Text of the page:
‘Arab Spring’ bad for pro-democracy cause: UAE evicts NGOs

Special to WorldTribune.com

ABU DHABI — The United Arab Emirates has become the latest Middle
East state wary of Western non-governmental organizations.

The UAE, despite appeals, has forced at least two leading Western think
tanks to leave the emirates. They were identified as the American-based
National Democratic Institute (NDI) and Germany’s Konrad Adenauer Foundation, both
of which promote democracy in the Middle East.

U.S. Secretary of State Hillary Clinton raised concerns over the UAE's closure of the National Democratic Institure. /Getty Images

“We very much regret it,” U.S. Secretary of State Hillary Clinton, who met her UAE counterpart on March 31, said. “I expect our discussion on this issue to continue.”

NDI has been aligned with the U.S. Congress and targeted in other Arab states, particularly Egypt. Earlier this year, Egypt sought to prosecute American staffers of the institute, which led to warnings by Congress of a halt in U.S. aid to the military regime in Cairo.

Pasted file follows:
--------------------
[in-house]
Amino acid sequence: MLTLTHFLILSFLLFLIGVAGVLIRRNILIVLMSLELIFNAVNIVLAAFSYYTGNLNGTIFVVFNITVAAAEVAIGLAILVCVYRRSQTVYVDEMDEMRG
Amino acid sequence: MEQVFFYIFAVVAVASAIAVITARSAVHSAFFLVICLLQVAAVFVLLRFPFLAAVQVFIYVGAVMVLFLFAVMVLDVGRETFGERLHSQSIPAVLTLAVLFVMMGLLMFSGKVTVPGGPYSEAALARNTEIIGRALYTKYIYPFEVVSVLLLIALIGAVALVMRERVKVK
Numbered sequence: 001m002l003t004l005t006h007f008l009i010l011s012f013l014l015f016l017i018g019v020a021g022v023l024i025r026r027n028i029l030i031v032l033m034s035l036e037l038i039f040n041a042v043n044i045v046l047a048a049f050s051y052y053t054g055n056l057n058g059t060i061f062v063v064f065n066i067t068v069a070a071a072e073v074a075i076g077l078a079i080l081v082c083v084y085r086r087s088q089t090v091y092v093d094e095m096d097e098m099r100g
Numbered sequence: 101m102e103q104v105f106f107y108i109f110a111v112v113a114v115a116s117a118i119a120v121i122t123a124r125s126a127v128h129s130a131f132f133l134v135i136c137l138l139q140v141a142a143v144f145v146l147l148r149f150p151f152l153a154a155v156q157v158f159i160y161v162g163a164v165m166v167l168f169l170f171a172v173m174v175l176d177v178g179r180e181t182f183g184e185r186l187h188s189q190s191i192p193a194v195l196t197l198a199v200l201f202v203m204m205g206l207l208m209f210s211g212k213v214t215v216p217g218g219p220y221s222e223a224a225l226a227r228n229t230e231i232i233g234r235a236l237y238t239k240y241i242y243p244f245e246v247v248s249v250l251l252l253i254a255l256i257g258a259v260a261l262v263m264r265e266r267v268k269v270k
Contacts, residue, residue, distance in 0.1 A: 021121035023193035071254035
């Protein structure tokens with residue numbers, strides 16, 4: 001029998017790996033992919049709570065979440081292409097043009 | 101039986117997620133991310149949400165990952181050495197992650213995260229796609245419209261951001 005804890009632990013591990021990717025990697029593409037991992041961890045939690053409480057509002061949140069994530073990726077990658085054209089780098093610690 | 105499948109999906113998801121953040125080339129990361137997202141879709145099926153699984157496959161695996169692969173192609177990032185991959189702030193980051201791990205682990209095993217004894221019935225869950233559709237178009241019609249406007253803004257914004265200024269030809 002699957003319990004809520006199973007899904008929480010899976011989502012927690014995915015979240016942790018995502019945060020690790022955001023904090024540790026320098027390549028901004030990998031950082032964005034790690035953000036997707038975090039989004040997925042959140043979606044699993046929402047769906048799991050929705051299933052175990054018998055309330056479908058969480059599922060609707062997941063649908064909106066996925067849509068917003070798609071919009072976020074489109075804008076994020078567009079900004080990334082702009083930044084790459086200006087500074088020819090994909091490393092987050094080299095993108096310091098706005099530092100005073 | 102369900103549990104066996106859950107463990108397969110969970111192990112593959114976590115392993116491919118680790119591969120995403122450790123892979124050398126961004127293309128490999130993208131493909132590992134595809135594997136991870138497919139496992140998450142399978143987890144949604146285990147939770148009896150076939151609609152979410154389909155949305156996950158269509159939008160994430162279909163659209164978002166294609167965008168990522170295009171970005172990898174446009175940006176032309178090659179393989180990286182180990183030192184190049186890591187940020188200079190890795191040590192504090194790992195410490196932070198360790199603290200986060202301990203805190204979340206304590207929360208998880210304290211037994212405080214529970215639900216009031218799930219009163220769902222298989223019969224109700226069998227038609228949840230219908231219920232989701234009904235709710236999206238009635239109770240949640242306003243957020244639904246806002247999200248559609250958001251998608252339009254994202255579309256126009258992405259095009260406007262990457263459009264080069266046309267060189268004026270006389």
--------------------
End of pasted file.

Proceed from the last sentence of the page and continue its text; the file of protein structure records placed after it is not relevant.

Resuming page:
On March 29, Germany’s Konrad Adenauer Foundation chairman Hans-Gert Poettering said the foundation would close its office in the UAE capital of Abu Dhabi. He said the UAE decision to end the activities of Adenauer was unexpected and without warning.

“There were no comprehensible reasons given,” Poettering said.

The German government appealed to the UAE, a leading procurer of Western
arms, to reverse its decision. But Western diplomats and German officials
said the closing of Western NGOs marked a trend throughout the Arab world.

“This is not directed against the Konrad Adenauer Foundation, but
involves the overall closure of foundations,” German Chancellor Angela
Merkel said.

Adenauer was invited to open an office in the UAE in 2008. But
authorities never issued a formal license to the foundation, which began
operating a year later.

Over the last year, the UAE, alarmed by unrest in neighboring Bahrain,
Kuwait, Oman and Saudi Arabia, has cracked down on foreign-affiliated
organizations. They included the revocation of the license of the Gulf Research Center, which moved from
Dubai to Switzerland.

“After our experiences in Egypt, we not only regret this decision, but
consider it an alarm signal if non-governmental organizations and political
foundations are increasingly unwanted in the Arab world,” Poettering said.

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